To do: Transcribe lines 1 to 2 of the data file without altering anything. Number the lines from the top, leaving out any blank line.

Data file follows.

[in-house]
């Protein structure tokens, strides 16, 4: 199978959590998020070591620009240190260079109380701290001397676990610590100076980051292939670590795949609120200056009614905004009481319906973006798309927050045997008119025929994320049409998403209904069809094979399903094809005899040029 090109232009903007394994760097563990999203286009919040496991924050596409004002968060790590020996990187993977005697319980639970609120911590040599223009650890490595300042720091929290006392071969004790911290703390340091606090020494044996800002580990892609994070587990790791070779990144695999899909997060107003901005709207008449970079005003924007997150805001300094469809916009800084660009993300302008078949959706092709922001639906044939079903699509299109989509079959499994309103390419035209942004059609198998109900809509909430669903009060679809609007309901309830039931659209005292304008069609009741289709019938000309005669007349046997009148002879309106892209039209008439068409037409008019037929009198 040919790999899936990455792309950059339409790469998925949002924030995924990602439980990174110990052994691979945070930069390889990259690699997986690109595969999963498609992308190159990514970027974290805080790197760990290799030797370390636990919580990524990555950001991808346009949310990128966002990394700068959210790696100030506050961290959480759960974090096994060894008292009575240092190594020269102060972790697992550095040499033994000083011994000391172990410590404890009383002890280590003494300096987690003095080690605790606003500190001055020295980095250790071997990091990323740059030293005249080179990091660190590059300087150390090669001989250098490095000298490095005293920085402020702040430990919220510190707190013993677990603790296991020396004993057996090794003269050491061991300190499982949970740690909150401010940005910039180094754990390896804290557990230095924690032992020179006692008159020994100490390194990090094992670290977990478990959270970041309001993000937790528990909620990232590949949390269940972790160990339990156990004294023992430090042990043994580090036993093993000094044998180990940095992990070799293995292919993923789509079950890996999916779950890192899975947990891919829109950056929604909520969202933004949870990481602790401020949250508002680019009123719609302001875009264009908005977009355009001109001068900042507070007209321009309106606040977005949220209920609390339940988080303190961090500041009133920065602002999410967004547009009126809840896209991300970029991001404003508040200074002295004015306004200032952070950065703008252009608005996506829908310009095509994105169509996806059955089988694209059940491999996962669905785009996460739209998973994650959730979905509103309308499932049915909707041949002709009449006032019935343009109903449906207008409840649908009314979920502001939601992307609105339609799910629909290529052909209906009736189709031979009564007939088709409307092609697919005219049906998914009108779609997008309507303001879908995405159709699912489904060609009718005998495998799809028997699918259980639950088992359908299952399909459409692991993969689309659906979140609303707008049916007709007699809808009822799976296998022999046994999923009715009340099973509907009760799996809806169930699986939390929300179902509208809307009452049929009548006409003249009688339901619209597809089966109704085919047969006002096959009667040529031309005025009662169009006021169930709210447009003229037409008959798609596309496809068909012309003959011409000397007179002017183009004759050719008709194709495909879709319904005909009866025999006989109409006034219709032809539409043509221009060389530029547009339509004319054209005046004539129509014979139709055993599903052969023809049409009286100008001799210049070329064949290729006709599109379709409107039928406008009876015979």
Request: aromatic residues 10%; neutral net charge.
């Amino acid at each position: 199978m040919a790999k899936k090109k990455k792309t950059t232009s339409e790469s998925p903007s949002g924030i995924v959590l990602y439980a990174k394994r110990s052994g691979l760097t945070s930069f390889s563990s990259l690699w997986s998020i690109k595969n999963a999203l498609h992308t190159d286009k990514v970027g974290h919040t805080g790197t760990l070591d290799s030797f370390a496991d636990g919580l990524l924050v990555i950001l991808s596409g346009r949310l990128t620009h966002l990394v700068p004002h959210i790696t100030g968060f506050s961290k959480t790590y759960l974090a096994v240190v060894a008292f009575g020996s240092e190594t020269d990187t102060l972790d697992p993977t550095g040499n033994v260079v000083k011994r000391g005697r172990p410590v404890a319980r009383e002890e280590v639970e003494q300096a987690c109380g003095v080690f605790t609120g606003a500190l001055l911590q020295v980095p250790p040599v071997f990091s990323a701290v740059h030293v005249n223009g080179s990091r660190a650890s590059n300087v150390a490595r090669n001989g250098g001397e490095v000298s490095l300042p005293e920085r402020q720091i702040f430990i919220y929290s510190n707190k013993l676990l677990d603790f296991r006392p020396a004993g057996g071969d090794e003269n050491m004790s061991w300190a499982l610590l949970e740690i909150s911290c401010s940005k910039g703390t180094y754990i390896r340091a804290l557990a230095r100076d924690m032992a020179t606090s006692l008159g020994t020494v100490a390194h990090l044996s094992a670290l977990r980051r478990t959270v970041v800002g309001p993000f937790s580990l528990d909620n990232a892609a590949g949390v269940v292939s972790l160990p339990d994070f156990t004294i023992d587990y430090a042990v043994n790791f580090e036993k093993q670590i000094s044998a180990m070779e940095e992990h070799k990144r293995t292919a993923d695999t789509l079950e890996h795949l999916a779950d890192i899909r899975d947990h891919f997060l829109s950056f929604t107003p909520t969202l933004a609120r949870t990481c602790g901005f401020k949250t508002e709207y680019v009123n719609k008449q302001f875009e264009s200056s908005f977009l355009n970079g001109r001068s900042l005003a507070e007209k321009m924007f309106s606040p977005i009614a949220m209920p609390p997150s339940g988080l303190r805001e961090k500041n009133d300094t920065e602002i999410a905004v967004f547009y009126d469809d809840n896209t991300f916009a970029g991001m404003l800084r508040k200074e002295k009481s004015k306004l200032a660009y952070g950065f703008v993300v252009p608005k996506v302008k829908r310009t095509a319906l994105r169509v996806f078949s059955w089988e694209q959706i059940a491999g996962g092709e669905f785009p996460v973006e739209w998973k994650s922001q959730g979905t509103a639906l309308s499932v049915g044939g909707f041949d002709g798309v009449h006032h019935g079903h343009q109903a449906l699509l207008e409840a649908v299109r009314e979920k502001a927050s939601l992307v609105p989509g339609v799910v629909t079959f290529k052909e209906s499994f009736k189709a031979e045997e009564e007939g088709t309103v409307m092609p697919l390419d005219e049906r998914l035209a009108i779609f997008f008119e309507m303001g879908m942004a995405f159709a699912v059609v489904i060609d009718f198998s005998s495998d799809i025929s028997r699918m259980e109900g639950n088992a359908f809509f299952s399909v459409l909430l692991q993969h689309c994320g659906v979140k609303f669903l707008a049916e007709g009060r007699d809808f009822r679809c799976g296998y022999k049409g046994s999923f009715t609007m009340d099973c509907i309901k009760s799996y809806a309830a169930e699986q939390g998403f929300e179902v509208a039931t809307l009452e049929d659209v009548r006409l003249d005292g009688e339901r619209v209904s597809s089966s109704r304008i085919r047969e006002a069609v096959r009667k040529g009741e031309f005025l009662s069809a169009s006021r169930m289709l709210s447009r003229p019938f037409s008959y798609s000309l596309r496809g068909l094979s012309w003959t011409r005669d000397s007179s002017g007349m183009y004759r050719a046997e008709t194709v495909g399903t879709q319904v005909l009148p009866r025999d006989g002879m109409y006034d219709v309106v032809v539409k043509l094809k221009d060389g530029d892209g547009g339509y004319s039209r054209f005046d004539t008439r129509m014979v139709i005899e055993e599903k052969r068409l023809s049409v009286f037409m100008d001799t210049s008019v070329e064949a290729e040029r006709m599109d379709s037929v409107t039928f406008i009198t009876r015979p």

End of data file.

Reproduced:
[in-house]
């Protein structure tokens, strides 16, 4: 199978959590998020070591620009240190260079109380701290001397676990610590100076980051292939670590795949609120200056009614905004009481319906973006798309927050045997008119025929994320049409998403209904069809094979399903094809005899040029 090109232009903007394994760097563990999203286009919040496991924050596409004002968060790590020996990187993977005697319980639970609120911590040599223009650890490595300042720091929290006392071969004790911290703390340091606090020494044996800002580990892609994070587990790791070779990144695999899909997060107003901005709207008449970079005003924007997150805001300094469809916009800084660009993300302008078949959706092709922001639906044939079903699509299109989509079959499994309103390419035209942004059609198998109900809509909430669903009060679809609007309901309830039931659209005292304008069609009741289709019938000309005669007349046997009148002879309106892209039209008439068409037409008019037929009198 040919790999899936990455792309950059339409790469998925949002924030995924990602439980990174110990052994691979945070930069390889990259690699997986690109595969999963498609992308190159990514970027974290805080790197760990290799030797370390636990919580990524990555950001991808346009949310990128966002990394700068959210790696100030506050961290959480759960974090096994060894008292009575240092190594020269102060972790697992550095040499033994000083011994000391172990410590404890009383002890280590003494300096987690003095080690605790606003500190001055020295980095250790071997990091990323740059030293005249080179990091660190590059300087150390090669001989250098490095000298490095005293920085402020702040430990919220510190707190013993677990603790296991020396004993057996090794003269050491061991300190499982949970740690909150401010940005910039180094754990390896804290557990230095924690032992020179006692008159020994100490390194990090094992670290977990478990959270970041309001993000937790528990909620990232590949949390269940972790160990339990156990004294023992430090042990043994580090036993093993000094044998180990940095992990070799293995292919993923789509079950890996999916779950890192899975947990891919829109950056929604909520969202933004949870990481602790401020949250508002680019009123719609302001875009264009908005977009355009001109001068900042507070007209321009309106606040977005949220209920609390339940988080303190961090500041009133920065602002999410967004547009009126809840896209991300970029991001404003508040200074002295004015306004200032952070950065703008252009608005996506829908310009095509994105169509996806059955089988694209059940491999996962669905785009996460739209998973994650959730979905509103309308499932049915909707041949002709009449006032019935343009109903449906207008409840649908009314979920502001939601992307609105339609799910629909290529052909209906009736189709031979009564007939088709409307092609697919005219049906998914009108779609997008309507303001879908995405159709699912489904060609009718005998495998799809028997699918259980639950088992359908299952399909459409692991993969689309659906979140609303707008049916007709007699809808009822799976296998022999046994999923009715009340099973509907009760799996809806169930699986939390929300179902509208809307009452049929009548006409003249009688339901619209597809089966109704085919047969006002096959009667040529031309005025009662169009006021169930709210447009003229037409008959798609596309496809068909012309003959011409000397007179002017183009004759050719008709194709495909879709319904005909009866025999006989109409006034219709032809539409043509221009060389530029547009339509004319054209005046004539129509014979139709055993599903052969023809049409009286100008001799210049070329064949290729006709599109379709409107039928406008009876015979």